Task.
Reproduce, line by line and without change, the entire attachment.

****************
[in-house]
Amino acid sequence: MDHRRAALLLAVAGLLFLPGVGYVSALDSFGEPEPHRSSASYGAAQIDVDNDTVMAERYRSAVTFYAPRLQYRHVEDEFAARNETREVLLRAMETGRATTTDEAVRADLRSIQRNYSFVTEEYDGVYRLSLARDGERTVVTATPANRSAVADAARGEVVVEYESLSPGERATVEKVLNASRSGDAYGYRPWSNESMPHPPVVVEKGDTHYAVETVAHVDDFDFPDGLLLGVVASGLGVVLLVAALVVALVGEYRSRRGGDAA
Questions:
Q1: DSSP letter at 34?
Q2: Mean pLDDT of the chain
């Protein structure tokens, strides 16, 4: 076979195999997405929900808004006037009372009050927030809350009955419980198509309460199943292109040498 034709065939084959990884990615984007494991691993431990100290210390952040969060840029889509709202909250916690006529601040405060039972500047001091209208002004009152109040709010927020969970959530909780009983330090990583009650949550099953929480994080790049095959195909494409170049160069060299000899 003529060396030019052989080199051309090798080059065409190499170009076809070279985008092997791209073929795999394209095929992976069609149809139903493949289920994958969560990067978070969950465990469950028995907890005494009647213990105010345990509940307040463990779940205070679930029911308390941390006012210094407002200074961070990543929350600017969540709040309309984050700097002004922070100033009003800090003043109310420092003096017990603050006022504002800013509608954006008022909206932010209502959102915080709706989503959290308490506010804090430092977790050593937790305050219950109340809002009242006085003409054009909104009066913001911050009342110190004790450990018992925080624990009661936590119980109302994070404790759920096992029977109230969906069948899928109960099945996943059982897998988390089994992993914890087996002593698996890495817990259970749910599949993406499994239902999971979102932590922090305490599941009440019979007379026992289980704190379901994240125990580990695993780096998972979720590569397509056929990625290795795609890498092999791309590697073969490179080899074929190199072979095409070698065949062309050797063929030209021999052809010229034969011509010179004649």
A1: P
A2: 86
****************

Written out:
[in-house]
Amino acid sequence: MDHRRAALLLAVAGLLFLPGVGYVSALDSFGEPEPHRSSASYGAAQIDVDNDTVMAERYRSAVTFYAPRLQYRHVEDEFAARNETREVLLRAMETGRATTTDEAVRADLRSIQRNYSFVTEEYDGVYRLSLARDGERTVVTATPANRSAVADAARGEVVVEYESLSPGERATVEKVLNASRSGDAYGYRPWSNESMPHPPVVVEKGDTHYAVETVAHVDDFDFPDGLLLGVVASGLGVVLLVAALVVALVGEYRSRRGGDAA
Questions:
Q1: DSSP letter at 34?
Q2: Mean pLDDT of the chain
């Protein structure tokens, strides 16, 4: 076979195999997405929900808004006037009372009050927030809350009955419980198509309460199943292109040498 034709065939084959990884990615984007494991691993431990100290210390952040969060840029889509709202909250916690006529601040405060039972500047001091209208002004009152109040709010927020969970959530909780009983330090990583009650949550099953929480994080790049095959195909494409170049160069060299000899 003529060396030019052989080199051309090798080059065409190499170009076809070279985008092997791209073929795999394209095929992976069609149809139903493949289920994958969560990067978070969950465990469950028995907890005494009647213990105010345990509940307040463990779940205070679930029911308390941390006012210094407002200074961070990543929350600017969540709040309309984050700097002004922070100033009003800090003043109310420092003096017990603050006022504002800013509608954006008022909206932010209502959102915080709706989503959290308490506010804090430092977790050593937790305050219950109340809002009242006085003409054009909104009066913001911050009342110190004790450990018992925080624990009661936590119980109302994070404790759920096992029977109230969906069948899928109960099945996943059982897998988390089994992993914890087996002593698996890495817990259970749910599949993406499994239902999971979102932590922090305490599941009440019979007379026992289980704190379901994240125990580990695993780096998972979720590569397509056929990625290795795609890498092999791309590697073969490179080899074929190199072979095409070698065949062309050797063929030209021999052809010229034969011509010179004649």
A1: P
A2: 86